Technical article published in number 251 of the Spanish Frisona magazine
In this third installment on heat stress (CE) we intend to explain the visible and not so visible signs of heat stress in dairy cows, so that they can serve as an alarm signal about what is happening and that harms, to a greater or lesser extent. to a lesser extent, the welfare of these animals.
Likewise, we will explain the consequences that CS has on the animal, at different levels: physiological, reproductive, behavioral. It is evident that the very consequences of the CS become obvious signs of it when we are able to see or measure them, although some of them do not manifest immediately, so they will not serve to give an immediate response to the CS, but rather, and it is also important to prepare the farm so that the heat episodes of the following year have fewer negative effects.
After the long and very hot summer that we have spent this year 2022, and that when these lines are being written (mid-October) we still have temperatures higher than usual, the interest in understanding the negative consequences on dairy cattle of the EC seems evident to us and the need to arbitrate effective measures to mitigate these effects, and that will be addressed in subsequent works.
Cow responses to heat stress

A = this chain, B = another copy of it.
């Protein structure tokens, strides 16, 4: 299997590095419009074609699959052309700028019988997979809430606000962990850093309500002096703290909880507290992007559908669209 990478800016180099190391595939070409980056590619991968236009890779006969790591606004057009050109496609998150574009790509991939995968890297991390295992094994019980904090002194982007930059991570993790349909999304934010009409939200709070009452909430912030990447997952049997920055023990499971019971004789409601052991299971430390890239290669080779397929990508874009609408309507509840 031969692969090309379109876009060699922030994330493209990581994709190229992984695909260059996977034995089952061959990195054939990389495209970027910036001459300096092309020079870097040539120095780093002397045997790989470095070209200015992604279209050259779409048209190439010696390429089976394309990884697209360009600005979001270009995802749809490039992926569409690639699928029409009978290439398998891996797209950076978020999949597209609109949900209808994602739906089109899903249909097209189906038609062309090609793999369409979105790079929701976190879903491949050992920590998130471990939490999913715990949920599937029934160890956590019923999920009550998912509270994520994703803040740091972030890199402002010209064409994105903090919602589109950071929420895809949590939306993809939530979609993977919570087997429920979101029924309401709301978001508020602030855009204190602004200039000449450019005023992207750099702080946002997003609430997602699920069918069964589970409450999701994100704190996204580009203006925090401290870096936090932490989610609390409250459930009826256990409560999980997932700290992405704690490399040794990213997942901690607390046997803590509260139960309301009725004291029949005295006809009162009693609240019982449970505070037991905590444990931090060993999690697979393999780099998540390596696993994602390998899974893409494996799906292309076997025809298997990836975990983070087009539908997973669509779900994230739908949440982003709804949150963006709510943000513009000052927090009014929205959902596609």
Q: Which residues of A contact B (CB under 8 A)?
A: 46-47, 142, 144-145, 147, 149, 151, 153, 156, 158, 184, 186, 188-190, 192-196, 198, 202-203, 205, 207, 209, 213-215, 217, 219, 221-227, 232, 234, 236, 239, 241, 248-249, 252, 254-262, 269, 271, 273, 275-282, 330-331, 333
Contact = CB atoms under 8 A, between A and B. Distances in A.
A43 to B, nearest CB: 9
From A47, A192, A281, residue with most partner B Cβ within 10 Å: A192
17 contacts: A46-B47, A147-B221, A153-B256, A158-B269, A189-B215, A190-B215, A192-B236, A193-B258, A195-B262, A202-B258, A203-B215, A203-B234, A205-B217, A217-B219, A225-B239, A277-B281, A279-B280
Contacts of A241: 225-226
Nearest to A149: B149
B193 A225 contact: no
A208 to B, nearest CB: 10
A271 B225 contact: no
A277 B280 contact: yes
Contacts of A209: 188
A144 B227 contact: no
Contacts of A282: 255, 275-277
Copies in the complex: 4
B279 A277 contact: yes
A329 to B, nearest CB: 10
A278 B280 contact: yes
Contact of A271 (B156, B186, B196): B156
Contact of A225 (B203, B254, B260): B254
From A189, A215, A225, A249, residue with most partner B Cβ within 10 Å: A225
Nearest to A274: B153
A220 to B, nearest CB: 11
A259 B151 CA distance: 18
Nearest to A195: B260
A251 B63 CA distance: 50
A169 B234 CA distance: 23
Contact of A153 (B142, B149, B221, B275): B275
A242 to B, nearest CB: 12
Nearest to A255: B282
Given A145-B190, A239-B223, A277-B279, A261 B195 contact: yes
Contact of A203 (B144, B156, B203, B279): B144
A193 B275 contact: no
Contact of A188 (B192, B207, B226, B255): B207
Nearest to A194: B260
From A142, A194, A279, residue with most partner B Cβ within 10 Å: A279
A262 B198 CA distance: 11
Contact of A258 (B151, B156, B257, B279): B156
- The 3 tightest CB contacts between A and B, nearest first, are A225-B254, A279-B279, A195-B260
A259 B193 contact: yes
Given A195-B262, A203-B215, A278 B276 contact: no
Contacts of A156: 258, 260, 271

The animal needs to have sensitive mechanisms to be able to maintain thermal balance and to respond quickly to be able to compensate for changes in heat production. In response to this stress, the dairy cow activates physical, biochemical and physiological mechanisms (in addition to behavioral ones) to try to counteract its negative effects and maintain thermal balance. These adjustments seek to remove heat and reduce metabolic heat production.
The response of cows to CS occurs in a progression of steps that are presented sequentially. This progression depends on the severity and duration of the stress.
The main effects of this stress are of three types and their economic valuation is summarized in the Figure 1although some of them will be explained in more detail in the following pages.
If you want to read the full article, you can download it from this link or also from “Documents”.
Technical article published by Antonio Callejo Ramos in number 251 of the Spanish Frisona magazine.
All the articles this animal welfare series:
– Well-being in dairy cattle farms (I): Concept of well-being
– Well-being on dairy cattle farms (II): stress
– Well-being on dairy cattle farms (III): Well-being assessment (1)
– Well-being on dairy cattle farms (IV): Well-being assessment (2)
– Well-being on dairy cattle farms (V): Well-being assessment (3)
– Well-being on dairy cattle farms (VI): Well-being assessment (and 4)
– Well-being on dairy farms (VII): Heat stress (1)
– Well-being on dairy farms (VIII): Heat stress (2): Evaluation
– Well-being on dairy farms (IX): Heat stress (3): Symptoms and consequences
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